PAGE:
microwave, two

Sept 16 – Nov 11, 2000 curated by Josee Bienvenu

Diana Cooper

Marti Cormand

Gary Gissler

Kelly Kacynski

Wes Mills

Elena del Rivero

Stephen Sollins

Julianne Swartz

Daniel Zeller

*catalog available


123 Watts is pleased to present microwave, two the second of an exhibition in three parts inaugurated in September 1999 with microwave, one. microwave, two will open September 16 and will be on view through November 11, 2000.

Last year, microwave, one took place at the threshold of blindness - minimal signals, almost invisible rhythms and patterns, displacements of imperceptible scale occurred in a quasi-monochromatic context. The works stood at the borderline between drawing, knitting and writing. Two wall installations and an aluminum roll anticipated the intention to abandon the two-dimension without moving away from the world of drawing. microwave, one was a ‘stop sign’ imposing deceleration, prescribing short-sightedness as the best answer to globalization.

microwave, two introduces new norms of traffic. It reduces the scale again by incorporating vacuity as a new communication protocol. The exhibition presents a circulation of containers without contents, works that carry the simultaneous hope and failure of communication.

Stephen Sollins - Empty plastic pouches on the floor, marked with insignificant barcodes as a backward homage to monumentality and skeletal cut outs of the New York Times, laminated in plastic.

Wes Mills - Scenarios that are pre-articulated language give the impulse to communicate. Gray matter, the ante chamber to the word, generates signals - an alphabet of tenuous sensations

Gary Gissler - Infinitesimal words, graphite smudges and scratches on pristine white panels indicate laundry lists of manias, disjointed chains of thoughts – things barely heard or said, almost impossible to read and loaded with multiple meanings.

Elena del Rivero - Text-free letters, scenarios of paper and thread - in Unfinished Letter-composed of 130 units- and in Letter to the Mother.

Julianne Swartz - Three-dimensional orchestrations in fiber-optics that do not transmit any codes. A light installation, with very intricate trajectory of wires, results in a tiny light dot projected on the wall.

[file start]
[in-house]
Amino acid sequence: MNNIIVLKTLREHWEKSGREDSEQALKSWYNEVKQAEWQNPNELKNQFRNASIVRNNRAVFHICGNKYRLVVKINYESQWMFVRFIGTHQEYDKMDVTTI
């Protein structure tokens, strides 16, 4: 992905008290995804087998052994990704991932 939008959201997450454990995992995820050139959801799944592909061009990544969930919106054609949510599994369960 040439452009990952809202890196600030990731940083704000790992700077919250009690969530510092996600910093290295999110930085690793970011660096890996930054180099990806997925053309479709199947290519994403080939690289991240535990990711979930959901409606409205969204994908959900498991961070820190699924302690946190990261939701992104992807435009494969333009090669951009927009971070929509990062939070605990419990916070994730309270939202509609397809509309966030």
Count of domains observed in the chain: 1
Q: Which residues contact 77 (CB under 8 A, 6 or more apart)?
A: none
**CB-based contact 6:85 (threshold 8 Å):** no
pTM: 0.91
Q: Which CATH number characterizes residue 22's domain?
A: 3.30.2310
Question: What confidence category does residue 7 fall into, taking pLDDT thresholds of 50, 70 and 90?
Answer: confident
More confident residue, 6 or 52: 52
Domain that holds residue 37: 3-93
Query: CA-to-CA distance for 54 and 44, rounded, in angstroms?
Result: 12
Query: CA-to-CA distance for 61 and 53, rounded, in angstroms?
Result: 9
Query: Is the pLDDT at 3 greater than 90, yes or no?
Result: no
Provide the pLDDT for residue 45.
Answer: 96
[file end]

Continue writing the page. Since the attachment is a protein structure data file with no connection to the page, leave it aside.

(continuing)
Diana Cooper - Machines that weave information, models of the mind at play: cell-conduit-handmade-machines, fusing painting, installation, architecture and collage these hybrid structures include plastic tubes, pipe-cleaners, pompoms in plastic pockets.

Kelly Kasczynski - Links of pins soldered together: sophisticated shadow networks unfolding on the wall.

Daniel Zeller - Black red and blue inks, sporadic zones of color, where the propelling logic is game-like and obsessively proliferative. The drawings focus on the dysfunction and degradation of decorative patterns.

Marti Cormand - Multitask machines: predetermined and restrained color codes: red–blue-green-identify multiple options – continuous merging and diverging lines of flights look like a short-circuited GPS tracking system.

Newspaper, plastic bags, felt-tip-pens, ballpoint pens, cardboard, thread, pins, wires: the materials used disclose an increasing admiration for the evanescent, as obsolescence is uniformly accelerated. Nobody feels nostalgic about an old mouse. A fiber optic cable carries 256 signals although we still can’t think in stereo. The exhibition offers a pause in downloading, a generous distribution of paragraphs and periods, a release from our immersion in the hypertext. downloading, a generous distribution of paragraphs and periods, a release from our immersion in the hypertext.